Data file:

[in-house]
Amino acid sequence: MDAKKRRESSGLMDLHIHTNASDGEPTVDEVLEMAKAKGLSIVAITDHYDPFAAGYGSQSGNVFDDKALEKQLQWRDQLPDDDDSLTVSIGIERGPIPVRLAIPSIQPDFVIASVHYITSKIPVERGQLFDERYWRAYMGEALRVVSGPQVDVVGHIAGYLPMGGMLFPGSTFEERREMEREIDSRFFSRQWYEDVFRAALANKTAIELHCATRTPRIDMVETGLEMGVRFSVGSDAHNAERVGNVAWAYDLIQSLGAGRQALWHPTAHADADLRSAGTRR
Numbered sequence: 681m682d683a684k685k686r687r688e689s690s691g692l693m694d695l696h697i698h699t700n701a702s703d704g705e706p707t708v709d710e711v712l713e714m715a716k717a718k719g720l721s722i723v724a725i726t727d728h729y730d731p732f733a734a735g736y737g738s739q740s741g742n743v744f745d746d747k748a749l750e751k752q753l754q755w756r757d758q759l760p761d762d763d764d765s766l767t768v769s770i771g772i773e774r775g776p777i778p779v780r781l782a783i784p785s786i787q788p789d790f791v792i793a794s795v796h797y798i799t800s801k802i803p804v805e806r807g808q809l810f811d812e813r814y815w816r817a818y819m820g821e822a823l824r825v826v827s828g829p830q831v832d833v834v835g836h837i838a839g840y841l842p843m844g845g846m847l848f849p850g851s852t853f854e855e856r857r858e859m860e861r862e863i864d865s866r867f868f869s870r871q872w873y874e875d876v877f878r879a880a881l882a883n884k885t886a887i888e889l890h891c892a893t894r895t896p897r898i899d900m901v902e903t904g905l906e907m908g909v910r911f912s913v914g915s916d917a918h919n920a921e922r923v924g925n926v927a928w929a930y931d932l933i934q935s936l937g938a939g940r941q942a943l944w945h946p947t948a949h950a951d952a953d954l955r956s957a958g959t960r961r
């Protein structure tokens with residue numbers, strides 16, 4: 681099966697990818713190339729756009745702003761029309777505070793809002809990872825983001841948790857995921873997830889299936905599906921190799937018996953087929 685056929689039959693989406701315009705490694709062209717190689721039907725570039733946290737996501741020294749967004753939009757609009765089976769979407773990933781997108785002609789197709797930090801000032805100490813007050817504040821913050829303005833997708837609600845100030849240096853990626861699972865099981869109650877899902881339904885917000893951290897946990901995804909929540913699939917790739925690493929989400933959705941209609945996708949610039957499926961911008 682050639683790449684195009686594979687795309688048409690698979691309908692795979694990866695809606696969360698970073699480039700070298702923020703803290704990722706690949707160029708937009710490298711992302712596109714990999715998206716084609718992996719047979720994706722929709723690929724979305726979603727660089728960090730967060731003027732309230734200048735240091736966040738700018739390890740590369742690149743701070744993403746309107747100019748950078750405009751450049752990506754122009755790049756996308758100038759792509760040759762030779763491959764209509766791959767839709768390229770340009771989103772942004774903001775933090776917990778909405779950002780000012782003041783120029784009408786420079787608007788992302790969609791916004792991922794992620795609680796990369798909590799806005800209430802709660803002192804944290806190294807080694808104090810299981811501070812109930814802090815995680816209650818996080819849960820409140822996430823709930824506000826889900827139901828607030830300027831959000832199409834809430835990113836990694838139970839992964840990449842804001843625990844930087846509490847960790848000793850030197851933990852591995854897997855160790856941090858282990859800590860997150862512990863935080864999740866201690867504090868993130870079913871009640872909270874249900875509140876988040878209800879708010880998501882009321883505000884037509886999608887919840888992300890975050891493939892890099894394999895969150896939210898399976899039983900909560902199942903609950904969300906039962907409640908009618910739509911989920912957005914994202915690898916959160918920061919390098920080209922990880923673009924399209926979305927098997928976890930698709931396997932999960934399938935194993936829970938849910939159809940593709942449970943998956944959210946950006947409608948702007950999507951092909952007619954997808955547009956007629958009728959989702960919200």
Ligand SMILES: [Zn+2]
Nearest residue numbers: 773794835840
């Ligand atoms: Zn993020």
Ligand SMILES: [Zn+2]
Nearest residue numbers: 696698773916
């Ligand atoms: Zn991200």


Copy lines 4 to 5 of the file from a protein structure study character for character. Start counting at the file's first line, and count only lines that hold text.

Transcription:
């Protein structure tokens with residue numbers, strides 16, 4: 681099966697990818713190339729756009745702003761029309777505070793809002809990872825983001841948790857995921873997830889299936905599906921190799937018996953087929 685056929689039959693989406701315009705490694709062209717190689721039907725570039733946290737996501741020294749967004753939009757609009765089976769979407773990933781997108785002609789197709797930090801000032805100490813007050817504040821913050829303005833997708837609600845100030849240096853990626861699972865099981869109650877899902881339904885917000893951290897946990901995804909929540913699939917790739925690493929989400933959705941209609945996708949610039957499926961911008 682050639683790449684195009686594979687795309688048409690698979691309908692795979694990866695809606696969360698970073699480039700070298702923020703803290704990722706690949707160029708937009710490298711992302712596109714990999715998206716084609718992996719047979720994706722929709723690929724979305726979603727660089728960090730967060731003027732309230734200048735240091736966040738700018739390890740590369742690149743701070744993403746309107747100019748950078750405009751450049752990506754122009755790049756996308758100038759792509760040759762030779763491959764209509766791959767839709768390229770340009771989103772942004774903001775933090776917990778909405779950002780000012782003041783120029784009408786420079787608007788992302790969609791916004792991922794992620795609680796990369798909590799806005800209430802709660803002192804944290806190294807080694808104090810299981811501070812109930814802090815995680816209650818996080819849960820409140822996430823709930824506000826889900827139901828607030830300027831959000832199409834809430835990113836990694838139970839992964840990449842804001843625990844930087846509490847960790848000793850030197851933990852591995854897997855160790856941090858282990859800590860997150862512990863935080864999740866201690867504090868993130870079913871009640872909270874249900875509140876988040878209800879708010880998501882009321883505000884037509886999608887919840888992300890975050891493939892890099894394999895969150896939210898399976899039983900909560902199942903609950904969300906039962907409640908009618910739509911989920912957005914994202915690898916959160918920061919390098920080209922990880923673009924399209926979305927098997928976890930698709931396997932999960934399938935194993936829970938849910939159809940593709942449970943998956944959210946950006947409608948702007950999507951092909952007619954997808955547009956007629958009728959989702960919200």
Ligand SMILES: [Zn+2]